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Rebellion Record: a Diary of American Events: Documents and Narratives, Volume 9. (ed. Frank Moore) 12 0 Browse Search
The Annals of the Civil War Written by Leading Participants North and South (ed. Alexander Kelly McClure) 4 0 Browse Search
Robert Lewis Dabney, Life and Commands of Lieutenand- General Thomas J. Jackson 2 0 Browse Search
Robert Underwood Johnson, Clarence Clough Buell, Battles and Leaders of the Civil War: Volume 2. 2 0 Browse Search
A Roster of General Officers , Heads of Departments, Senators, Representatives , Military Organizations, &c., &c., in Confederate Service during the War between the States. (ed. Charles C. Jones, Jr. Late Lieut. Colonel of Artillery, C. S. A.) 2 0 Browse Search
Southern Historical Society Papers, Volume 32. (ed. Reverend J. William Jones) 2 0 Browse Search
The Daily Dispatch: November 8, 1860., [Electronic resource] 2 0 Browse Search
Capt. Calvin D. Cowles , 23d U. S. Infantry, Major George B. Davis , U. S. Army, Leslie J. Perry, Joseph W. Kirkley, The Official Military Atlas of the Civil War 1 1 Browse Search
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Browsing named entities in Robert Lewis Dabney, Life and Commands of Lieutenand- General Thomas J. Jackson. You can also browse the collection for Orlean (Virginia, United States) or search for Orlean (Virginia, United States) in all documents.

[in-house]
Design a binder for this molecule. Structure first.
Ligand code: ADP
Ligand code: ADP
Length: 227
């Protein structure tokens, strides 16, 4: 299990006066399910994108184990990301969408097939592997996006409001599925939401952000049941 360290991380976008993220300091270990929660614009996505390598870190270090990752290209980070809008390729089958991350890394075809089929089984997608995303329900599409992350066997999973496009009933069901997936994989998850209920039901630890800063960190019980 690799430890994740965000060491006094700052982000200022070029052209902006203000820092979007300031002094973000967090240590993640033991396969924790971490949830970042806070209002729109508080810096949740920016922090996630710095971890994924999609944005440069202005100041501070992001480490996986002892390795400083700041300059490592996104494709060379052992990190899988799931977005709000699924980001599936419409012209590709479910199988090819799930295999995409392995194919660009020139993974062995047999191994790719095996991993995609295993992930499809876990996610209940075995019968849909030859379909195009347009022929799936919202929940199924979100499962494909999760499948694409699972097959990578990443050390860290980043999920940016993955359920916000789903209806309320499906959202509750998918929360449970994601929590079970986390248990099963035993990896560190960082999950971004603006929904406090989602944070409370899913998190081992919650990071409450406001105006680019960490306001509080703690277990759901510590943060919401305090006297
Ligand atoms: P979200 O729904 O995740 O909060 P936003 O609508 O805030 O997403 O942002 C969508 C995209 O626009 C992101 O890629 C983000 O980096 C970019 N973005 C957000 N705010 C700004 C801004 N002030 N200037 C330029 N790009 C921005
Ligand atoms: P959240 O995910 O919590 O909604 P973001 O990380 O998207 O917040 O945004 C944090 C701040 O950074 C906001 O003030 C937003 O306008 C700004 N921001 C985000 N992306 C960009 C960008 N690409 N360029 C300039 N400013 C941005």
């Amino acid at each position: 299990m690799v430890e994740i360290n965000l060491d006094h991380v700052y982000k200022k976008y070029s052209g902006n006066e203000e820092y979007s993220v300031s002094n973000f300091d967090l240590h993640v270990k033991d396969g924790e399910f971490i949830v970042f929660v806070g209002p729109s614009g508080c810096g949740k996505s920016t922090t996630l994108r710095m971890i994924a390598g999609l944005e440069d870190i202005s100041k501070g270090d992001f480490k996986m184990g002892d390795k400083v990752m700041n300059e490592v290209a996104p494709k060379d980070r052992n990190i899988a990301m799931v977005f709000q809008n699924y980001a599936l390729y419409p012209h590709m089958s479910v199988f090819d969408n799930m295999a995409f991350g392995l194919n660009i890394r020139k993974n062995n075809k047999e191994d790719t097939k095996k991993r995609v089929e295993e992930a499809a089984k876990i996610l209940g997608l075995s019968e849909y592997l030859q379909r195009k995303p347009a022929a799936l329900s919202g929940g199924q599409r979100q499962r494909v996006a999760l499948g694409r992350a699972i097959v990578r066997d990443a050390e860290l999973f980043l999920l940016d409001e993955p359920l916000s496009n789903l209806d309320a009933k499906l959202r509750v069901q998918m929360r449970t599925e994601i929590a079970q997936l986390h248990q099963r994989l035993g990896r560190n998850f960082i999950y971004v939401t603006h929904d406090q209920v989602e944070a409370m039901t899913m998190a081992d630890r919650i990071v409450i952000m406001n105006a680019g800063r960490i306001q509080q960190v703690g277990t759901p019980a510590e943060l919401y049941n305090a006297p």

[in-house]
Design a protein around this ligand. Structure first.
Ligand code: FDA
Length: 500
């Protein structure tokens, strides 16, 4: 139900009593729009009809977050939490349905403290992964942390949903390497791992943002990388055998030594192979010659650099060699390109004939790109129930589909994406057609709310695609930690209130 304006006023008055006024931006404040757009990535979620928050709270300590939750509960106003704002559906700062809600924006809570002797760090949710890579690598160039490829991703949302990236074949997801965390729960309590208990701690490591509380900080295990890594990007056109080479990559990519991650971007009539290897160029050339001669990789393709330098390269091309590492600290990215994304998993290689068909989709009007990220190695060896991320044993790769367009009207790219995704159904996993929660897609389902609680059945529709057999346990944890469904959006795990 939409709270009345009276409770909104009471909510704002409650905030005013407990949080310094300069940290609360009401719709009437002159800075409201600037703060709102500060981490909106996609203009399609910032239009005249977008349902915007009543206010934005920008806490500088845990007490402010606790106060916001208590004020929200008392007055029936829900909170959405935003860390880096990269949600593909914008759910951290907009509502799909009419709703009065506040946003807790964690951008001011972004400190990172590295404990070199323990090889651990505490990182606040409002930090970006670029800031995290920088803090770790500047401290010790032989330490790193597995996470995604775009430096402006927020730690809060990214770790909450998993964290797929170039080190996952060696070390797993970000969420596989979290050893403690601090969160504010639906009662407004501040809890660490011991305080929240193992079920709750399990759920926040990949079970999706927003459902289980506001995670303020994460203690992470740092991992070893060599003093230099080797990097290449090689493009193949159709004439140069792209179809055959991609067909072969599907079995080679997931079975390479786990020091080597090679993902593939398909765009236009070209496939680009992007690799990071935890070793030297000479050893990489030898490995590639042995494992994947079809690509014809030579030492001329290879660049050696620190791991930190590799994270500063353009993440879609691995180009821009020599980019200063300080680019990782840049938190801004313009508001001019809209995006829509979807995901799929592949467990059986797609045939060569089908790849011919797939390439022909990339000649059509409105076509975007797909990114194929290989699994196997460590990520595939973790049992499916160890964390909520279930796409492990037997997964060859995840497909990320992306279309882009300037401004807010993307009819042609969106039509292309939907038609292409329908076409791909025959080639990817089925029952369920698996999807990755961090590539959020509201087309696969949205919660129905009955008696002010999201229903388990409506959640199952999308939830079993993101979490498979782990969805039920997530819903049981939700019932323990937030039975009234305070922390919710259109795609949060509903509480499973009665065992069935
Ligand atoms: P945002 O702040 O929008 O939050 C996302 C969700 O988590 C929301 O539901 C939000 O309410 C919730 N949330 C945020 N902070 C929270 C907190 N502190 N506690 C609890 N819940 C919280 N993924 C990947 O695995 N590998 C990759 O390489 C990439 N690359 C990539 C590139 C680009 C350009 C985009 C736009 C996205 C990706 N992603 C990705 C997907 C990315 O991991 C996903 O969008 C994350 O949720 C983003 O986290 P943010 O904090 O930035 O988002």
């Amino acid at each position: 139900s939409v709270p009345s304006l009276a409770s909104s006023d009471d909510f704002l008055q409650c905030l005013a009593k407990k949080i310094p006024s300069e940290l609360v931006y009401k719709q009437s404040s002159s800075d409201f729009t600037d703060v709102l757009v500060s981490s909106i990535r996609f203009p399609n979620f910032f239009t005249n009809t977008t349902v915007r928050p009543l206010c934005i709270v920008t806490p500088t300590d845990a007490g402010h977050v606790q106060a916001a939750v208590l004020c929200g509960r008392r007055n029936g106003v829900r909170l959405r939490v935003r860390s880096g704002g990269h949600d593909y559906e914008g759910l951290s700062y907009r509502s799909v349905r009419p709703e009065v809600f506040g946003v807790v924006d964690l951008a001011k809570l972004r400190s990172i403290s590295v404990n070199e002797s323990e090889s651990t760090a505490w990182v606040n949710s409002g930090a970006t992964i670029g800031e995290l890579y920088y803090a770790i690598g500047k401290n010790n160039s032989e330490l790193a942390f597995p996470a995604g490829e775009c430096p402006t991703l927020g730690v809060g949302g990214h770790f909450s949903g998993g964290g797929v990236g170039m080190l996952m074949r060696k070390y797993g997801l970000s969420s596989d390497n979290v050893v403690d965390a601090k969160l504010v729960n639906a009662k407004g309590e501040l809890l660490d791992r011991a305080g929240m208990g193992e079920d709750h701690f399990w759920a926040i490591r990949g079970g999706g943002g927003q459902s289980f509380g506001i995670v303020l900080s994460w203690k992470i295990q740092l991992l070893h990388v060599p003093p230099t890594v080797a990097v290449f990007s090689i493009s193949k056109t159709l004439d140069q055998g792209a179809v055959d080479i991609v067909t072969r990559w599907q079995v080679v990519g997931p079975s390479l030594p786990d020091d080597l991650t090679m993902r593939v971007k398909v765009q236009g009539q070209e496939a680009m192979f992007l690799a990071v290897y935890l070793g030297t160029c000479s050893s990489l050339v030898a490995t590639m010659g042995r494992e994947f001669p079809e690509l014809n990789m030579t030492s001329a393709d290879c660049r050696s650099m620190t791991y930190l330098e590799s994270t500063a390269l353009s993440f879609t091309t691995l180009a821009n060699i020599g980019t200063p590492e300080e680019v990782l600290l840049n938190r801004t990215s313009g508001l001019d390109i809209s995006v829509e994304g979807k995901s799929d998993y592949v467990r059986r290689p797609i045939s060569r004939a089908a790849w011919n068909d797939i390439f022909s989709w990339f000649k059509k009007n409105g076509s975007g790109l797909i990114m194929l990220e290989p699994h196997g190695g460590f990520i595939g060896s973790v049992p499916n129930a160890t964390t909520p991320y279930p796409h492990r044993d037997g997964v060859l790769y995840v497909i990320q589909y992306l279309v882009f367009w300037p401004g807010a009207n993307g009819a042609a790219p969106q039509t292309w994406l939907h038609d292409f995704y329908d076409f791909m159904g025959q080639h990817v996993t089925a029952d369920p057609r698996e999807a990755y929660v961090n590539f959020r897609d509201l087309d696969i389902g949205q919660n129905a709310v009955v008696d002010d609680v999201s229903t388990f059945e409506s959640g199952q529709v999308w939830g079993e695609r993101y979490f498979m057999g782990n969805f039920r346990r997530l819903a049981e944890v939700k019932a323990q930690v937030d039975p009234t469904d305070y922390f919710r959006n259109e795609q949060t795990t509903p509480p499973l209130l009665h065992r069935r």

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Robert Lewis Dabney, Life and Commands of Lieutenand- General Thomas J. Jackson, Chapter 16: second Manassa's. (search)
ts course, and two forced marches made through the western quarters of the county of Fauquier, which lie between the Blue Ridge and the subsidiary range of the Bull Run Mountains. Having made a hasty and imperfect issue of rations, Jackson disembarrassed himself of all his trains, save the ambulances and the carriages for the ammunition, and left Jeffersonton early on the morning of August 25th. Marching first westward, he crossed the two branches of the Rappahannock, passed the hamlet of Orlean, and paused at night, after a march of twenty-five miles, near Salem, a village upon the Manassa's Gap Railroad. His troops had been constantly marching and fighting since the 20th; many of them had no rations, and subsisted upon the green corn gathered along the route; yet their indomitable enthusiasm and devotion knew no flagging. As the weary column approached the end of the day's march, they found Jackson, who had ridden forward, dismounted, and standing upon a great stone by the road-